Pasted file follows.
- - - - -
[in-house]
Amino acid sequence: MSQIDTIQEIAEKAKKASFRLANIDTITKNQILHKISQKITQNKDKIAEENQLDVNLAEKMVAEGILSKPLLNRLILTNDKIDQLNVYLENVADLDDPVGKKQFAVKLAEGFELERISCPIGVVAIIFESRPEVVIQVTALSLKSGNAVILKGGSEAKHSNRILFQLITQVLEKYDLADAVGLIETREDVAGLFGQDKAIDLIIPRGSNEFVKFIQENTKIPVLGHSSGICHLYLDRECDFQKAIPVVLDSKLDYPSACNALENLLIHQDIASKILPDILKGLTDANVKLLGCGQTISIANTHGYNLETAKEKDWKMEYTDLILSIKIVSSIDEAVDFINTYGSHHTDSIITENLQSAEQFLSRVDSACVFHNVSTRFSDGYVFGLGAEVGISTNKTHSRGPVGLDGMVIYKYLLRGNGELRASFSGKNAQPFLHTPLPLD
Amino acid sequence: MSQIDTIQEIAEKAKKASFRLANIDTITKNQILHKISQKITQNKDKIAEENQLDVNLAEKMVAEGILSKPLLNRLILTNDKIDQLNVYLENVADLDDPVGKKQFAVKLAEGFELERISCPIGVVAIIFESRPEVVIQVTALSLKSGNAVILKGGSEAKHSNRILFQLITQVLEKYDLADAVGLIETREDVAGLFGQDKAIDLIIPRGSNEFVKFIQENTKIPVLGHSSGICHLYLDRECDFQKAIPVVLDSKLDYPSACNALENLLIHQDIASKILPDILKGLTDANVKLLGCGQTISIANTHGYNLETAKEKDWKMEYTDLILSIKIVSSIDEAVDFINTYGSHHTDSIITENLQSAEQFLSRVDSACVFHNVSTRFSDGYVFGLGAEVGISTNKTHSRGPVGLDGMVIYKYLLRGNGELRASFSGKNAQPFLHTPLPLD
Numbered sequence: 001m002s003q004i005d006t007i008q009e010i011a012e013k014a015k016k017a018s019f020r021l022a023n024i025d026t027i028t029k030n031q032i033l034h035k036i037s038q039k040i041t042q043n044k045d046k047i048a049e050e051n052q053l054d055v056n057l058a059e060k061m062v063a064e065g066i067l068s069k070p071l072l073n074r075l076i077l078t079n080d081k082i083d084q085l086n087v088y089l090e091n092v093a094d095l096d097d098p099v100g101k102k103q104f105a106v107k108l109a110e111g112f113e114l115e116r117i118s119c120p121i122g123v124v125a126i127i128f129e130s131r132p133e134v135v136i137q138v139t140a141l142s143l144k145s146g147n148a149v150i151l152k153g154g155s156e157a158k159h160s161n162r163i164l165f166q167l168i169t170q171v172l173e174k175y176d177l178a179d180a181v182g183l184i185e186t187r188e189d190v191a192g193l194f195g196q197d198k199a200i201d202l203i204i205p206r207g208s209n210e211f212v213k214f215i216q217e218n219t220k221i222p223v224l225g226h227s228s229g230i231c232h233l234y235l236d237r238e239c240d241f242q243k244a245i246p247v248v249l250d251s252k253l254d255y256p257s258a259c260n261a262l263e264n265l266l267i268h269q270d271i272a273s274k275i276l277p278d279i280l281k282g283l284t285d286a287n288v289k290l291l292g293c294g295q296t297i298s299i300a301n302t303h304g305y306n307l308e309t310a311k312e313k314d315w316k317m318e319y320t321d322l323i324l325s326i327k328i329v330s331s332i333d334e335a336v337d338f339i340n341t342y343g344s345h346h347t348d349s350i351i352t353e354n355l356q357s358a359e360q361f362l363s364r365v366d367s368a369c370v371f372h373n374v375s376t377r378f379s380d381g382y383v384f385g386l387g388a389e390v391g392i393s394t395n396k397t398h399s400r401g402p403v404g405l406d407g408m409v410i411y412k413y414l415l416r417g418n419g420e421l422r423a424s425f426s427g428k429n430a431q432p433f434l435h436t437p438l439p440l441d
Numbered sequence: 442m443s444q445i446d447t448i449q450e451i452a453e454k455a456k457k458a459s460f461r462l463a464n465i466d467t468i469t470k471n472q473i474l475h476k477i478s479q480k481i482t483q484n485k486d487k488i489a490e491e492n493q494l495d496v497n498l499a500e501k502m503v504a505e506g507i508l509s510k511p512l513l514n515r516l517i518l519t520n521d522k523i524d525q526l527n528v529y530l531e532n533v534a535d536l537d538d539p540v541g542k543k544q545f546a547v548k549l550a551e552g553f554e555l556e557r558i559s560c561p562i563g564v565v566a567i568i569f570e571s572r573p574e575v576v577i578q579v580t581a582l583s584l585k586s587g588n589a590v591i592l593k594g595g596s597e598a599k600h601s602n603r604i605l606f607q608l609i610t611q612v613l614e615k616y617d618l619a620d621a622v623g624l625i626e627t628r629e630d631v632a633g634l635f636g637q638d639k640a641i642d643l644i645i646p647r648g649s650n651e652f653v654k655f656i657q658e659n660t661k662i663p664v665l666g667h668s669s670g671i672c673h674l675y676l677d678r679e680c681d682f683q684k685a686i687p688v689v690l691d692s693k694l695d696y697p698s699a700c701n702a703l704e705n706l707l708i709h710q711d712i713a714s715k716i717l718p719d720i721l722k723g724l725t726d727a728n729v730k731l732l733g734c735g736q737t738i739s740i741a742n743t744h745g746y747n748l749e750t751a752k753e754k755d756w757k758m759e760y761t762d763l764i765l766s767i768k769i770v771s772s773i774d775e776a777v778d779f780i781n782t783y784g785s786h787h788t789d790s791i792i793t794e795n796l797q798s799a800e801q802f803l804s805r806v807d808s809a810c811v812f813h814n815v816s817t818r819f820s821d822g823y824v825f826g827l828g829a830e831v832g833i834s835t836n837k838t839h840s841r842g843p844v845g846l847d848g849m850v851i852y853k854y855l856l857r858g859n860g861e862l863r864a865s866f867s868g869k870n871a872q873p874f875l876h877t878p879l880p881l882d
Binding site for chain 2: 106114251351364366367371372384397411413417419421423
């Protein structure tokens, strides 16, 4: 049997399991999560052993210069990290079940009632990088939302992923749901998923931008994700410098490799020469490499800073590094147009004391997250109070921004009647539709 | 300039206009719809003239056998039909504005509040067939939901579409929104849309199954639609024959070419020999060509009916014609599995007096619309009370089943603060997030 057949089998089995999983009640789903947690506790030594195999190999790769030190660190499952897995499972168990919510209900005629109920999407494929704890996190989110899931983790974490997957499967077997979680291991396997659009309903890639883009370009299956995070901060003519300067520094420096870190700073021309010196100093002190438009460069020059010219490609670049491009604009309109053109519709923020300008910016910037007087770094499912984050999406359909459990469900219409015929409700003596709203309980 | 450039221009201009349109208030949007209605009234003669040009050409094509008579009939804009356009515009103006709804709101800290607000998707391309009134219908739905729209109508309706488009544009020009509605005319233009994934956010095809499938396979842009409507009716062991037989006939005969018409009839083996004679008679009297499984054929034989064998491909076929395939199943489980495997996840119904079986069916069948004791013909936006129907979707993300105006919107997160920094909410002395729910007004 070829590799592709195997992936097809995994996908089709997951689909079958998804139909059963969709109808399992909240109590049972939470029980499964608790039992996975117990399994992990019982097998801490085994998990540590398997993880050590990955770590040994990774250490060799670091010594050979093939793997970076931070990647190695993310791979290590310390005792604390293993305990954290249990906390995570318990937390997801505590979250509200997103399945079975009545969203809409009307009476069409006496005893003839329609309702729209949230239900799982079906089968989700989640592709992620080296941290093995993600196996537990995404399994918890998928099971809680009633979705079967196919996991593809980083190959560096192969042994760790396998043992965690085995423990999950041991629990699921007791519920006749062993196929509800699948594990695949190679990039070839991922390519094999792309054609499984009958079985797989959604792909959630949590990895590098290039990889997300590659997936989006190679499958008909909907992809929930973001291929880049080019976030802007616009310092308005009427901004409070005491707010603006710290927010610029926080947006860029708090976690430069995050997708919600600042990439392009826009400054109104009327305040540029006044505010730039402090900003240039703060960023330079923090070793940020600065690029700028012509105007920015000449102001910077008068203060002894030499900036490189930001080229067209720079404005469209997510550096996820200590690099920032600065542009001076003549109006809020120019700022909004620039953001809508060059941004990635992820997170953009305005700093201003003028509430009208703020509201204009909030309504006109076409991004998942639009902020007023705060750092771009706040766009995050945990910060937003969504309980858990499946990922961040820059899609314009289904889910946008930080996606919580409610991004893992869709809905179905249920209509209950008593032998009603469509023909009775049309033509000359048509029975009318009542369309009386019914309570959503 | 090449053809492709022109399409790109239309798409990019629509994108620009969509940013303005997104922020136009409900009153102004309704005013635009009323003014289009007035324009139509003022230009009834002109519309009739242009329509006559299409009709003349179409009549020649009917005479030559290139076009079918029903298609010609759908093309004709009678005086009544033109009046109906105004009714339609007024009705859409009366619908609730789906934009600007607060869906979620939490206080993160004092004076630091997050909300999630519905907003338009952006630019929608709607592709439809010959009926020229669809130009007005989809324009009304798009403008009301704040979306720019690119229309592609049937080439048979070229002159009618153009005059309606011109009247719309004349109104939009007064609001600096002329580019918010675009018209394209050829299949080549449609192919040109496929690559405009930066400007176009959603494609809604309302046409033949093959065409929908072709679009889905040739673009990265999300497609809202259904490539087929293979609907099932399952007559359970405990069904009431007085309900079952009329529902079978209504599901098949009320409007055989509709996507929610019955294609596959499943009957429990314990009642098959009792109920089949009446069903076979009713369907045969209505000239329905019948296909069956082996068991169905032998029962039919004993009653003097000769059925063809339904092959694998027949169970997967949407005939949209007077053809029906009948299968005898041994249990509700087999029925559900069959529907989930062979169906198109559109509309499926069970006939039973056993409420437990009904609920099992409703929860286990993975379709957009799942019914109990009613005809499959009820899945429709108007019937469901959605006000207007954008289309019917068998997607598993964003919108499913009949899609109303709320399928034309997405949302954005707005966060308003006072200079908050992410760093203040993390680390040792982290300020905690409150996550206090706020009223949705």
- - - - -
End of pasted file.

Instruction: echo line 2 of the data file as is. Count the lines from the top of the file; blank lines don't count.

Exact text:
Amino acid sequence: MSQIDTIQEIAEKAKKASFRLANIDTITKNQILHKISQKITQNKDKIAEENQLDVNLAEKMVAEGILSKPLLNRLILTNDKIDQLNVYLENVADLDDPVGKKQFAVKLAEGFELERISCPIGVVAIIFESRPEVVIQVTALSLKSGNAVILKGGSEAKHSNRILFQLITQVLEKYDLADAVGLIETREDVAGLFGQDKAIDLIIPRGSNEFVKFIQENTKIPVLGHSSGICHLYLDRECDFQKAIPVVLDSKLDYPSACNALENLLIHQDIASKILPDILKGLTDANVKLLGCGQTISIANTHGYNLETAKEKDWKMEYTDLILSIKIVSSIDEAVDFINTYGSHHTDSIITENLQSAEQFLSRVDSACVFHNVSTRFSDGYVFGLGAEVGISTNKTHSRGPVGLDGMVIYKYLLRGNGELRASFSGKNAQPFLHTPLPLD